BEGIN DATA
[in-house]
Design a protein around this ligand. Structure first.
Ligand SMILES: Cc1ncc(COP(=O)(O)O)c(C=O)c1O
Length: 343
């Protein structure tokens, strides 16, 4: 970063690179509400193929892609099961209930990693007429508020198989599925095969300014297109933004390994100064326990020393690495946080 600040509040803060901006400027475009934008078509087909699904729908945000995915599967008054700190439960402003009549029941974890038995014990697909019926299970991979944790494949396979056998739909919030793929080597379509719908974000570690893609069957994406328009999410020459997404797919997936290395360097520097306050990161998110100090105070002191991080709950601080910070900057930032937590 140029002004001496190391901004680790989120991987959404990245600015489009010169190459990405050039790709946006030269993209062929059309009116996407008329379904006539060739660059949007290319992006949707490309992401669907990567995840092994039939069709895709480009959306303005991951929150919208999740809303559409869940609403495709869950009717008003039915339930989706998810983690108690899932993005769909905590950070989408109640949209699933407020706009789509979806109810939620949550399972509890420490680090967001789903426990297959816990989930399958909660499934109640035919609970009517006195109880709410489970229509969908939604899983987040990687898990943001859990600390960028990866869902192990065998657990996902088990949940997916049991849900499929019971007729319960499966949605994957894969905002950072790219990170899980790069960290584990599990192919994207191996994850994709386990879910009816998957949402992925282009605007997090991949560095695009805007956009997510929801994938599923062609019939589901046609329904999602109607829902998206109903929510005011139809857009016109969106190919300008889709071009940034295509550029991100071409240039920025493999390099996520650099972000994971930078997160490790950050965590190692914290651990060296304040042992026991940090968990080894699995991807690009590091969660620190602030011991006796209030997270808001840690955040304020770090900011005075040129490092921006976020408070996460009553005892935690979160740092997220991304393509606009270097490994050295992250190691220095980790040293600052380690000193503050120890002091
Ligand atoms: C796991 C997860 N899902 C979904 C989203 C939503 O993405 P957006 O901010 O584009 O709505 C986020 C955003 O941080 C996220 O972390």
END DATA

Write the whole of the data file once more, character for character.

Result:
[in-house]
Design a protein around this ligand. Structure first.
Ligand SMILES: Cc1ncc(COP(=O)(O)O)c(C=O)c1O
Length: 343
């Protein structure tokens, strides 16, 4: 970063690179509400193929892609099961209930990693007429508020198989599925095969300014297109933004390994100064326990020393690495946080 600040509040803060901006400027475009934008078509087909699904729908945000995915599967008054700190439960402003009549029941974890038995014990697909019926299970991979944790494949396979056998739909919030793929080597379509719908974000570690893609069957994406328009999410020459997404797919997936290395360097520097306050990161998110100090105070002191991080709950601080910070900057930032937590 140029002004001496190391901004680790989120991987959404990245600015489009010169190459990405050039790709946006030269993209062929059309009116996407008329379904006539060739660059949007290319992006949707490309992401669907990567995840092994039939069709895709480009959306303005991951929150919208999740809303559409869940609403495709869950009717008003039915339930989706998810983690108690899932993005769909905590950070989408109640949209699933407020706009789509979806109810939620949550399972509890420490680090967001789903426990297959816990989930399958909660499934109640035919609970009517006195109880709410489970229509969908939604899983987040990687898990943001859990600390960028990866869902192990065998657990996902088990949940997916049991849900499929019971007729319960499966949605994957894969905002950072790219990170899980790069960290584990599990192919994207191996994850994709386990879910009816998957949402992925282009605007997090991949560095695009805007956009997510929801994938599923062609019939589901046609329904999602109607829902998206109903929510005011139809857009016109969106190919300008889709071009940034295509550029991100071409240039920025493999390099996520650099972000994971930078997160490790950050965590190692914290651990060296304040042992026991940090968990080894699995991807690009590091969660620190602030011991006796209030997270808001840690955040304020770090900011005075040129490092921006976020408070996460009553005892935690979160740092997220991304393509606009270097490994050295992250190691220095980790040293600052380690000193503050120890002091
Ligand atoms: C796991 C997860 N899902 C979904 C989203 C939503 O993405 P957006 O901010 O584009 O709505 C986020 C955003 O941080 C996220 O972390």